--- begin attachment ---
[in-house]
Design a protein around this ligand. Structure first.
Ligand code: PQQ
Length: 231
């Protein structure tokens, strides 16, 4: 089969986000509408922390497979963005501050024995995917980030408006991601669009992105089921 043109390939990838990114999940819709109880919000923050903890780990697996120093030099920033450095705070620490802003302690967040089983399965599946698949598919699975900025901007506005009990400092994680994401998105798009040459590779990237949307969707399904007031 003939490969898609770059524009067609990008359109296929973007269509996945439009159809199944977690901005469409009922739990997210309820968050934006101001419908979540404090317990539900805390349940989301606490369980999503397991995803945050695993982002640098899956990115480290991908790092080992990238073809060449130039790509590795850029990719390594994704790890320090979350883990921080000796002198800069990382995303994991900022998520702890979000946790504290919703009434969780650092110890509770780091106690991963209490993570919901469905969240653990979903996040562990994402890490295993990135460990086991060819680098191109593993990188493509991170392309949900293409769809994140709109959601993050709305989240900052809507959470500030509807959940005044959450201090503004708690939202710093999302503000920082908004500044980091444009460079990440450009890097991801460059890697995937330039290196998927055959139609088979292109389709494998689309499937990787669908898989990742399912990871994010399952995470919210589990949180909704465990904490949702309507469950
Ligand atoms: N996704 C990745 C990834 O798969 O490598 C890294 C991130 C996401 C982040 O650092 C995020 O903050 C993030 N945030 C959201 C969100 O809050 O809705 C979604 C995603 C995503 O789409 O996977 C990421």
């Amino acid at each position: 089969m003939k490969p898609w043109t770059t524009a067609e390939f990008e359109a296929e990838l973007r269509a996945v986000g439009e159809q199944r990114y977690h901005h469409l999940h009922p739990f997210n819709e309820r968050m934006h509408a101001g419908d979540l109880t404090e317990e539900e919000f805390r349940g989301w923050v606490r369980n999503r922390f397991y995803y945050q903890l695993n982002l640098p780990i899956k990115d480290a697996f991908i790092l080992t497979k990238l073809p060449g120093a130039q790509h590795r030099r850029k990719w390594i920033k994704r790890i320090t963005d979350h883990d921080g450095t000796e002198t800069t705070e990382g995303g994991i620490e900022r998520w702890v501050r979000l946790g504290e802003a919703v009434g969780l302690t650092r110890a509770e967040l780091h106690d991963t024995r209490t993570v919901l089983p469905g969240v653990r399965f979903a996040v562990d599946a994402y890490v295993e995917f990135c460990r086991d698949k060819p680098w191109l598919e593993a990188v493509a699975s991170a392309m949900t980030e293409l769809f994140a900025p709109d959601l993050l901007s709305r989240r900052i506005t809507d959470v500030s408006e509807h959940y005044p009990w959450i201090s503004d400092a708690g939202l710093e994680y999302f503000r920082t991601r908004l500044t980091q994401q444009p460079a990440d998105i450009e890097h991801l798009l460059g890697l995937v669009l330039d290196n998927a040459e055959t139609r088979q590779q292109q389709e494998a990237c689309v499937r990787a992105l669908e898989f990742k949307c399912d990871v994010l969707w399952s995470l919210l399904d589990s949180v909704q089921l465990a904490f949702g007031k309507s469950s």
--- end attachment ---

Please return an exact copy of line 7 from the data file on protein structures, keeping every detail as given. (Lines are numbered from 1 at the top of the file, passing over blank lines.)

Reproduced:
């Amino acid at each position: 089969m003939k490969p898609w043109t770059t524009a067609e390939f990008e359109a296929e990838l973007r269509a996945v986000g439009e159809q199944r990114y977690h901005h469409l999940h009922p739990f997210n819709e309820r968050m934006h509408a101001g419908d979540l109880t404090e317990e539900e919000f805390r349940g989301w923050v606490r369980n999503r922390f397991y995803y945050q903890l695993n982002l640098p780990i899956k990115d480290a697996f991908i790092l080992t497979k990238l073809p060449g120093a130039q790509h590795r030099r850029k990719w390594i920033k994704r790890i320090t963005d979350h883990d921080g450095t000796e002198t800069t705070e990382g995303g994991i620490e900022r998520w702890v501050r979000l946790g504290e802003a919703v009434g969780l302690t650092r110890a509770e967040l780091h106690d991963t024995r209490t993570v919901l089983p469905g969240v653990r399965f979903a996040v562990d599946a994402y890490v295993e995917f990135c460990r086991d698949k060819p680098w191109l598919e593993a990188v493509a699975s991170a392309m949900t980030e293409l769809f994140a900025p709109d959601l993050l901007s709305r989240r900052i506005t809507d959470v500030s408006e509807h959940y005044p009990w959450i201090s503004d400092a708690g939202l710093e994680y999302f503000r920082t991601r908004l500044t980091q994401q444009p460079a990440d998105i450009e890097h991801l798009l460059g890697l995937v669009l330039d290196n998927a040459e055959t139609r088979q590779q292109q389709e494998a990237c689309v499937r990787a992105l669908e898989f990742k949307c399912d990871v994010l969707w399952s995470l919210l399904d589990s949180v909704q089921l465990a904490f949702g007031k309507s469950s």